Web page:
The Fourth of July: looking to live in a freedom for excellence

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God of justice, Father of truth, who guide creation in wisdom and goodness to fulfillment in Christ your Son, open our hearts to the truth of the Gospel, that your peace may rule in our hearts and your justice guide our lives.

Our prayer today ought to be for the citizens and the government of the USA. As the Collect for today's Mass asks God who is justice and truth: to open our hearts to recognize divine truth and to be rule by His justice. We are not creators of our own destiny as Mr. Obama said today. God has given us our destiny. Our work is to recognize the path laid before us to walk to Him.

Faith and good public order linked graces. 237 years ago the Declaration of Independence was signed; but we are still looking for a good definition of freedom. Let me offer one: freedom for excellence.

What does freedom for excellence mean? One aspect of this type of freedom is that what is expressed in the universal call to holiness. My "I", that is, my whole person, is a gift from God. In this notion of personhood there is a fundamental openness to the Divine Mystery who created all things, including life, liberty, and the pursuit of happiness in this life, and in the next. From a Pauline point of view, we live in Christ. And if I live in Christ who is excellence to perfection, then I need not have the disordered attachments of money, power and fame; not be seduced by accomplishments, possessions, interpersonal competition, and reducing my intellect, sexuality and my will to base desires.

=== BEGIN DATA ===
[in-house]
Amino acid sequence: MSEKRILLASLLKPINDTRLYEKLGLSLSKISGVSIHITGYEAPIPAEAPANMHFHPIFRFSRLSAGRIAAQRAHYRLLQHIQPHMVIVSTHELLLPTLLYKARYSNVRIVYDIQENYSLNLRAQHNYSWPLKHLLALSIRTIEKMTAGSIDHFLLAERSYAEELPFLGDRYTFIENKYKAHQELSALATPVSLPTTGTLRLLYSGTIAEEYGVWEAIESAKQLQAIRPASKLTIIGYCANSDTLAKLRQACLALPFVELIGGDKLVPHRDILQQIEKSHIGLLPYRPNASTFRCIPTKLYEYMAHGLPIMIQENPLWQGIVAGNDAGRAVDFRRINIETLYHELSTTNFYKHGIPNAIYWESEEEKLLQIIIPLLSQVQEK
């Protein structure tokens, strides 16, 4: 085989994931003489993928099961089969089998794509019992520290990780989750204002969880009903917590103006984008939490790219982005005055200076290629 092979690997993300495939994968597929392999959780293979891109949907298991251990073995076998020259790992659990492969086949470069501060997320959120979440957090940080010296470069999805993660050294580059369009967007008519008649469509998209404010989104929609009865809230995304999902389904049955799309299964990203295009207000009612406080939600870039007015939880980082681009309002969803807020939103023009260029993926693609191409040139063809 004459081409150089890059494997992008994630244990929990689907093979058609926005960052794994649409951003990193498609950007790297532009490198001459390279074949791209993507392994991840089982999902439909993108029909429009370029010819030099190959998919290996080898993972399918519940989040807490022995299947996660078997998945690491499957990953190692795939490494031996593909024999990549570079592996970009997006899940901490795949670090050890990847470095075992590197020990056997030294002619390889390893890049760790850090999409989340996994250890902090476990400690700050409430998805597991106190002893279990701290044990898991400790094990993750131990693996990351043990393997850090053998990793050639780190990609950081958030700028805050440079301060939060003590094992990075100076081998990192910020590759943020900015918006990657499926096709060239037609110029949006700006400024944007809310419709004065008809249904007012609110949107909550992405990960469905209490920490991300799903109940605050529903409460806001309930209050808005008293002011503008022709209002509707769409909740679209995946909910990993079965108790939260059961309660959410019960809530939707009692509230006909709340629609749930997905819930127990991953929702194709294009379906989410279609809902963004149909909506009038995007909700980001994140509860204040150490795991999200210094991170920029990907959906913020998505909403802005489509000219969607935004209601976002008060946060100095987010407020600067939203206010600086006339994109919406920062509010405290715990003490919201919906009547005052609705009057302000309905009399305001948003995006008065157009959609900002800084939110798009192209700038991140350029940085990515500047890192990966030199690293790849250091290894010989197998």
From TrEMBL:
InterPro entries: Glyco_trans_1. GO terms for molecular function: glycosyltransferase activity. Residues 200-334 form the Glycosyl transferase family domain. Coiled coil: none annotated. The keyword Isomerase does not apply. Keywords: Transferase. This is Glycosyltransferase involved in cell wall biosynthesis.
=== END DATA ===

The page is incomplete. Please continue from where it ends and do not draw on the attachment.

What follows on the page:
Freedom for excellence is what we've learned from the Church: that the gaze of the Lord upon his people means more than flirting with any one else.

The Dominican Moral theologian Servais Pinckaers worked the content (see his book, Sources of Christian Ethics) what it means to live according to a freedom for excellence. Father Pinckaers teaches that we have the power to act freely with excellence and perfection coming from reason and the will inclining toward the good, the beautiful and the true. He has seven points:

1. we are inclined to the good, the beautiful and the true; we naturally are disposed to beatitude and perfection of the good;
2. mans growth in freedom for excellence requires education, self-discipline and the practice of virtue;
3. good habits (virtues) and the practice of these good habits form our nature leading us to perfection --the more we do the good then more the good becomes part of us;
4. our actions are closely linked to our interior dispositions--good actions will lead us to our destiny;
5. we follow external aids: natural law, divinely revealed law, church law, good civil law;
6. true freedom is open to human powers contributing to the common good;
7. Well formed reason points to the true, virtue opens us to do the good, all of this rooted in sacred Scripture.

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About the author

Paul A. Zalonski is from New Haven, CT. He is a member of the Fraternity of Communion and Liberation, a Catholic ecclesial movement and an Oblate of Saint Benedict. Contact Paul at paulzalonski[at]



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This page contains a single entry by Paul Zalonski published on July 4, 2013 2:21 PM.

In believing we may have life in Jesus was the previous entry in this blog.

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